Bobby Brown is a portrait of the American Dream. Born into poverty in a Boston housing project, Brown used his talent to become a member of New Edition as a teenager, helping them to become one of the highest-selling boy bands of all time. He then launched a highly successful solo career, watching his second solo effort "Don’t Be Cruel" spawn five top 10 Billboard Hot 100 hits and selling more than 7 million copies.
Brown was quick to shed his boy band image and fully embraced being the media’s new bad boy. "Back then, I was definitely hardheaded," he said in the New York Post in 2017. "After I went solo, I was rich. A millionaire at 18 years old. You couldn’t tell me nothing. I didn’t want anyone’s advice, and, obviously, I got into some bad situations."
But although the Grammy winner achieved remarkable success and admittedly put himself into bad situations, his personal life has been marred with seemingly one unexpected tragedy after another. Let’s take a look at the tragic details about Bobby Brown.
The shady managers of New Edition
During the early 1980s, there wasn’t a bigger boy band than New Edition. With radio hits such as "Candy Girl," "Cool It Now," and "Mr. Telephone Man," it seemed the group was destined for superstardom for years to come. However, much like with many young people in the music industry, they were surrounded by greedy managers who didn’t have their best interests at heart.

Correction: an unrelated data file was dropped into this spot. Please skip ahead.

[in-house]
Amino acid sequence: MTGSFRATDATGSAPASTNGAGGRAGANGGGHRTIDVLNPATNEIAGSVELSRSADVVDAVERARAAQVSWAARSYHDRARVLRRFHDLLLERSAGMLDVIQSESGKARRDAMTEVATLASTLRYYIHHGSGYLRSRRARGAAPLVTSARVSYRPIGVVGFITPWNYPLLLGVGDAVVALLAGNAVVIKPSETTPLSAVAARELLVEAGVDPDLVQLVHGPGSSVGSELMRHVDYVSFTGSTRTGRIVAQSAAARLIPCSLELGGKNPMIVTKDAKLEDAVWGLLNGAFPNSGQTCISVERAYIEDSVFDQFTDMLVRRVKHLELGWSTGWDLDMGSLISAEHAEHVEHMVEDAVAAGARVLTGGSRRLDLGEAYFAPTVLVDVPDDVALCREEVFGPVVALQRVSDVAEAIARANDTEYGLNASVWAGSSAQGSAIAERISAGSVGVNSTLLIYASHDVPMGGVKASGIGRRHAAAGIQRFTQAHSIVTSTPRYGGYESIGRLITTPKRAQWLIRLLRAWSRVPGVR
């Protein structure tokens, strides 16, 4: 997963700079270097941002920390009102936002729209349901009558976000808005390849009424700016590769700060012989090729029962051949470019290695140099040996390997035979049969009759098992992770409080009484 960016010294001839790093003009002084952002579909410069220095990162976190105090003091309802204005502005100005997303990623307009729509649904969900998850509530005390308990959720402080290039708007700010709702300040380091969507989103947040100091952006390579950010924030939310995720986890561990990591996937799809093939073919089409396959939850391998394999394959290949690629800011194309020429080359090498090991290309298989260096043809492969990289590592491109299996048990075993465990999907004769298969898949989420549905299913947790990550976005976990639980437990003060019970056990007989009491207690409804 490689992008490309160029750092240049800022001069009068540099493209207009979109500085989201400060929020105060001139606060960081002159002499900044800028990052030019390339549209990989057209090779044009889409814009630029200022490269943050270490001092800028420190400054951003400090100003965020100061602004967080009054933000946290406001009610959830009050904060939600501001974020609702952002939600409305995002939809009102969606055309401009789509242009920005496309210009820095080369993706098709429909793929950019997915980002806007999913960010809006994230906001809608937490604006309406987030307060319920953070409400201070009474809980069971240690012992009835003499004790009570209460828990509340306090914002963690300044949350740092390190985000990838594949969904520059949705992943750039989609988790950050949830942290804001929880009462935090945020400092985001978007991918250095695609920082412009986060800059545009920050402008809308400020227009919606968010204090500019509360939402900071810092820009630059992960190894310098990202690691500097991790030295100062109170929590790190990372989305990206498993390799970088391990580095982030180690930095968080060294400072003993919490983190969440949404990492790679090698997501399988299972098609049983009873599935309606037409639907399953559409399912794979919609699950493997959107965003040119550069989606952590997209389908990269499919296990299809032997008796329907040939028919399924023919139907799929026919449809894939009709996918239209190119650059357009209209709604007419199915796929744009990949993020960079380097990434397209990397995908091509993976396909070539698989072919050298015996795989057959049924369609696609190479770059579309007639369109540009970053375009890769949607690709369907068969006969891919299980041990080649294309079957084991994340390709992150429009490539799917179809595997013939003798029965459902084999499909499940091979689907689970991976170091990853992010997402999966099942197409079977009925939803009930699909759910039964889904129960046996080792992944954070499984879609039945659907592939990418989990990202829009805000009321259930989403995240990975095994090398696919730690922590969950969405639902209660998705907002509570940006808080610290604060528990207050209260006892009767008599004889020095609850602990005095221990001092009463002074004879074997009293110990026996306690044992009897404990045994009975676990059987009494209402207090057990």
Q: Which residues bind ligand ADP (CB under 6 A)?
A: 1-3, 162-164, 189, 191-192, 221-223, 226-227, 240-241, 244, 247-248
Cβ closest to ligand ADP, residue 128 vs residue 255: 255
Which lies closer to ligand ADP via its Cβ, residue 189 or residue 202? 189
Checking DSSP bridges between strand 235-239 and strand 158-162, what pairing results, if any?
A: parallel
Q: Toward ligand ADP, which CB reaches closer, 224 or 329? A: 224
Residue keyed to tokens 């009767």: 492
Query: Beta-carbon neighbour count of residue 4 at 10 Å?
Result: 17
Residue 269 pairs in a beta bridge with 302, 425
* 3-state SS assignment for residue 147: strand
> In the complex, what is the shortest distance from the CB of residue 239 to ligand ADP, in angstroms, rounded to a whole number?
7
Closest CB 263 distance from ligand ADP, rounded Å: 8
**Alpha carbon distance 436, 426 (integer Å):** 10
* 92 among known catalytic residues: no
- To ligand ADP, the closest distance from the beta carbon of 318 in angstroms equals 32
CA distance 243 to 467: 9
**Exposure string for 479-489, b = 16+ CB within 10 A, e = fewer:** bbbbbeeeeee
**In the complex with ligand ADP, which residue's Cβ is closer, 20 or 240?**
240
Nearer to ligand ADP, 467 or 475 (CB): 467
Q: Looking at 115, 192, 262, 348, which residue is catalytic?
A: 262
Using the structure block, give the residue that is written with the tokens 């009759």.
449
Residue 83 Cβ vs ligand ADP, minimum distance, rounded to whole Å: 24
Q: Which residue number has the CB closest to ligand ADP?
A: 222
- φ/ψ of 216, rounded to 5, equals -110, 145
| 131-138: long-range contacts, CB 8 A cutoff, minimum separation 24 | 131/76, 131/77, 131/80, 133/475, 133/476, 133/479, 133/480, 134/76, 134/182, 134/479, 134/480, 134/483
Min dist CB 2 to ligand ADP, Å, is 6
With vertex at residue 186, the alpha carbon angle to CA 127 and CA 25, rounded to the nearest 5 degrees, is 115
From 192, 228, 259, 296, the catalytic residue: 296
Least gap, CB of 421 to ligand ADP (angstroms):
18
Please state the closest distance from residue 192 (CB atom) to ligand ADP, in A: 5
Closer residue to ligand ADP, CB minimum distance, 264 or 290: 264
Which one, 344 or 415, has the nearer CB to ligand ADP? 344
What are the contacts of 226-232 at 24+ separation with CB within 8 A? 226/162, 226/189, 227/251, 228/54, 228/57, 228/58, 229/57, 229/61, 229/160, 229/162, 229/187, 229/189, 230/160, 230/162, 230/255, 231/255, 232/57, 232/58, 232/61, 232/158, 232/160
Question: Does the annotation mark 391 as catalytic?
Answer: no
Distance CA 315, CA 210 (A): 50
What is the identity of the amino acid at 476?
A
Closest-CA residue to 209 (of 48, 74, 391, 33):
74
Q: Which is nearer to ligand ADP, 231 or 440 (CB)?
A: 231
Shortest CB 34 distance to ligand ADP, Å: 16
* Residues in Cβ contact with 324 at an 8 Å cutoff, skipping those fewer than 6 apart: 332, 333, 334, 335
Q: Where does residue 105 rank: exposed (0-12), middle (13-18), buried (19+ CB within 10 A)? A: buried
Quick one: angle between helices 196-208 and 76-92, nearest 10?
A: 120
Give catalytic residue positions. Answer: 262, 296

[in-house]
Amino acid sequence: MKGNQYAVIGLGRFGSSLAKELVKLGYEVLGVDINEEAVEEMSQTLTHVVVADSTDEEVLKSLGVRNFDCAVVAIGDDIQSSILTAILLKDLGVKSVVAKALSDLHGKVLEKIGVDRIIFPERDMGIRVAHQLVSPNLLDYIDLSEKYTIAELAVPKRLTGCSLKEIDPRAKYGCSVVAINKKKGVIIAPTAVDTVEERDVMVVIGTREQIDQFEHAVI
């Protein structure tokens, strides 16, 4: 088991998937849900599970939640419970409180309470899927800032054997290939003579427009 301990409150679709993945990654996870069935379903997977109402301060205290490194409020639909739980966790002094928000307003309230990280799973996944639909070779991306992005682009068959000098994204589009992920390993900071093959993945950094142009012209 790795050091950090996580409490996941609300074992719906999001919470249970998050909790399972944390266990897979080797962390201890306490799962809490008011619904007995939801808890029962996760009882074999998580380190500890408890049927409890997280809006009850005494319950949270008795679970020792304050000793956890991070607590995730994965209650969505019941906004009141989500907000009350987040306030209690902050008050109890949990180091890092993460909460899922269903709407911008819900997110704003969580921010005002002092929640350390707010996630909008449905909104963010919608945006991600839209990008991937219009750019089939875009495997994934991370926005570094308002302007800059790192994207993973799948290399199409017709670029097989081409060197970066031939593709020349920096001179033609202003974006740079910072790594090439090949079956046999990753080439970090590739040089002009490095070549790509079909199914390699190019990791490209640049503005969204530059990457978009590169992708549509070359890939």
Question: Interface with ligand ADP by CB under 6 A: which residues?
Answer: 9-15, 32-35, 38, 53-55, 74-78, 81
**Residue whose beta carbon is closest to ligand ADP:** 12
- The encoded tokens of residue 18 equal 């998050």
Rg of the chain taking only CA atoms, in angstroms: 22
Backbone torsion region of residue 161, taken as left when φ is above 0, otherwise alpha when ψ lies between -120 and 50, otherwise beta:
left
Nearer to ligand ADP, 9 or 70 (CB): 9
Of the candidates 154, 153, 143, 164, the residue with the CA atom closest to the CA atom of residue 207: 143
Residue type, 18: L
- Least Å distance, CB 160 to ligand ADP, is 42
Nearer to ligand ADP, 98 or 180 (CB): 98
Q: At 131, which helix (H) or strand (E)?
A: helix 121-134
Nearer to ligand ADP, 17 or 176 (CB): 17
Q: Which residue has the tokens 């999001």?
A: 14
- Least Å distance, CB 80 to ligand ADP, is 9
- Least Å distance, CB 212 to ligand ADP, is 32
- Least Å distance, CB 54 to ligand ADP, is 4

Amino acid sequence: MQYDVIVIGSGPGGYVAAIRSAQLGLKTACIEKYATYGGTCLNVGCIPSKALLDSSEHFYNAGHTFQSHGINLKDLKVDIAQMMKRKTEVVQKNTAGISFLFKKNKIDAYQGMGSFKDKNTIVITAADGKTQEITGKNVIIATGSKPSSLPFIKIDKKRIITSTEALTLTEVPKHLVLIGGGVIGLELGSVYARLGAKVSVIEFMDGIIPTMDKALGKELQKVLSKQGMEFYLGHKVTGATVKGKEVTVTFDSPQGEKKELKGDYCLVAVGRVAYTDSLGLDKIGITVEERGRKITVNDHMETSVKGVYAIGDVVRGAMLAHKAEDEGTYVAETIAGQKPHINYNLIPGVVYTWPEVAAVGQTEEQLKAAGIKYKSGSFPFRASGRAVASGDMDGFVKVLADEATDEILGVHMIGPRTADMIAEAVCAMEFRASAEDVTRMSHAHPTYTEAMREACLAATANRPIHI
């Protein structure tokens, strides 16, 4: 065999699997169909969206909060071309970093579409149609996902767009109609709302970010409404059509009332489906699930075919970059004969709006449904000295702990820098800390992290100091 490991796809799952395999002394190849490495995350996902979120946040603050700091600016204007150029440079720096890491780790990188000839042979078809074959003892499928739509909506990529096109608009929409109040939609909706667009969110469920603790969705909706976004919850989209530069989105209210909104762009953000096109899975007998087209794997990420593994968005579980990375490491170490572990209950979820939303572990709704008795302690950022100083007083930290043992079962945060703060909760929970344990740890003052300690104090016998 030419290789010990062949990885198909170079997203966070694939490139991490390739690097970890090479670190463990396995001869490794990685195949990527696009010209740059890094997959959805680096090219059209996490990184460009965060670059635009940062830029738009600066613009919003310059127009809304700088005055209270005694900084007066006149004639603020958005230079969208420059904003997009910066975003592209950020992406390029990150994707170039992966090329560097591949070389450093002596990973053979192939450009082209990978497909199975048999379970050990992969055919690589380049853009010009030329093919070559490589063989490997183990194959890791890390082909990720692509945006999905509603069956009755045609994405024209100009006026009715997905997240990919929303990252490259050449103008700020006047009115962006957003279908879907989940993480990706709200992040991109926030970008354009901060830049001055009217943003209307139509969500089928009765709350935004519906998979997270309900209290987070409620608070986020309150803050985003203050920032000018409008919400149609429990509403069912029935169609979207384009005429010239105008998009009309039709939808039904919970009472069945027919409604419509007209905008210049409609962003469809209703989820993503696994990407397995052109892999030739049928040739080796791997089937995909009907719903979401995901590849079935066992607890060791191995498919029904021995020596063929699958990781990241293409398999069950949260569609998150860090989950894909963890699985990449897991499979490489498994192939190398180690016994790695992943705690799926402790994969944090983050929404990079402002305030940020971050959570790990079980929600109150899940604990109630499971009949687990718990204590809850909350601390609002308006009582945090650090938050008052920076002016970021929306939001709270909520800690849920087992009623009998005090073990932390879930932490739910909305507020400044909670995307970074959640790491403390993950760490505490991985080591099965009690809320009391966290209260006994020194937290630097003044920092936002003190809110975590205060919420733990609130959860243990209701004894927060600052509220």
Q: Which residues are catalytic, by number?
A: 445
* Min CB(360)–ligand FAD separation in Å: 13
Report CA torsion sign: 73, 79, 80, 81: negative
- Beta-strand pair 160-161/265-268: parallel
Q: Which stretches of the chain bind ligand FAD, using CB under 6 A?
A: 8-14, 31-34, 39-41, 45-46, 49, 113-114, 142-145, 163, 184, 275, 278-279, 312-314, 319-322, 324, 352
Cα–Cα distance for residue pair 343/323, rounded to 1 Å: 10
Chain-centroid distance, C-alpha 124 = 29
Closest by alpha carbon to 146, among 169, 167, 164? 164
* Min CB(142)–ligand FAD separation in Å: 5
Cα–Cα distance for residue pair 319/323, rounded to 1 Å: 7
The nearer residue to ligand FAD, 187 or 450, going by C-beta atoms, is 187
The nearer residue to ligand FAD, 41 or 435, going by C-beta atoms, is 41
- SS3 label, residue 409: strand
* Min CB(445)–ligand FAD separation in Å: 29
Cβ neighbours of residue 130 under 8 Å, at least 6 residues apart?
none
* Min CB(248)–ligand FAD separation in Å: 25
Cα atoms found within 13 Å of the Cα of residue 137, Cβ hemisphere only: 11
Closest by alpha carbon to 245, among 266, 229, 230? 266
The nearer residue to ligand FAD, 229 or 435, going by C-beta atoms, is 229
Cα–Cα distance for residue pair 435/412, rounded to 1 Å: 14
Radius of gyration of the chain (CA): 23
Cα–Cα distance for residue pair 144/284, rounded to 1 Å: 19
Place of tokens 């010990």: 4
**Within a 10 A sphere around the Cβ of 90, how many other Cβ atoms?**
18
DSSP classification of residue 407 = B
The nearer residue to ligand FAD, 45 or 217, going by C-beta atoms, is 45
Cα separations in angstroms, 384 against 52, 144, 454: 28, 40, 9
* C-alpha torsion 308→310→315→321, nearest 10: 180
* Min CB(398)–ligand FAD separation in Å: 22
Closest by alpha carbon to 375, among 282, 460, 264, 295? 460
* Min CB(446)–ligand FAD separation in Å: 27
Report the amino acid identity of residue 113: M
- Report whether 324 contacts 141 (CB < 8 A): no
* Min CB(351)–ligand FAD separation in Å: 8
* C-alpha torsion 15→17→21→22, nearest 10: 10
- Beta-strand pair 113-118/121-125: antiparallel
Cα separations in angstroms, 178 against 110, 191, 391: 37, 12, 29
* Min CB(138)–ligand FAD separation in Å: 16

During the three-part miniseries The New Edition Story that aired on BET in 2017, it was revealed that after the group’s first worldwide tour, a tour bus took them all back to the Orchard Park housing projects with each member getting a check for…$1.87 (via Billboard). Ricky Bell confirmed this story while live-tweeting the series. "And yes the tour bus dropped us off right back in the projects," he wrote.
Bobby Brown spoke about the financial hardships the group faced when he sat down with ABC’s Robin Roberts in 2016. He claimed that after the success of their breakout hit, "Candy Girl," the members of New Edition were paid $500 and given VCRs. Two years later in 1985, Brown officially left the group to embark on a solo career. "I was voted out of the group," he explained to Roberts. "I would do the opposite, you know, of what they told New Edition to do. I was my own man at a young age. And I just wanted what I wanted."
Bobby Brown’s friend killed in a drive-by shooting
On Sept. 28, 1995, Bobby Brown’s friend Steven Sealy was gunned down outside Biarritz Lounge in Boston. The AP reported that Sealy was shot in the head and chest while seated in Brown’s car. Brown was standing outside with his bodyguard when the gunman opened fire on his Bentley. "The car was riddled with bullets,″ Fire Lt. Richard Quinlan said. Sealy, who was engaged to Brown’s sister, died in the shooting.
According to the AP (via The Spokesman-Review), the nightclub was a block from Brown’s former home in the Orchard Park projects and that a gold medallion was taken off Sealy’s person during the shooting. "A man of that caliber in that rinky-dink club. … It don’t make sense to me," EMT Jimmy Young said, per the AP. "People are jealous. They envy him. He shouldn’t come around showing off."
The Boston Herald reports that Marlon Passley was falsely convicted of the crime and spent four years in federal prison until another man, John Tibbs, confessed to the crime while already serving a 27-year sentence for killing a 17-year old a month prior to Sealy’s death. "Our fundamental goal was to see John Tibbs stand up and held account for his crimes," Suffolk District Attorney Daniel Conley said. "It’s been such an open wound in so many lives."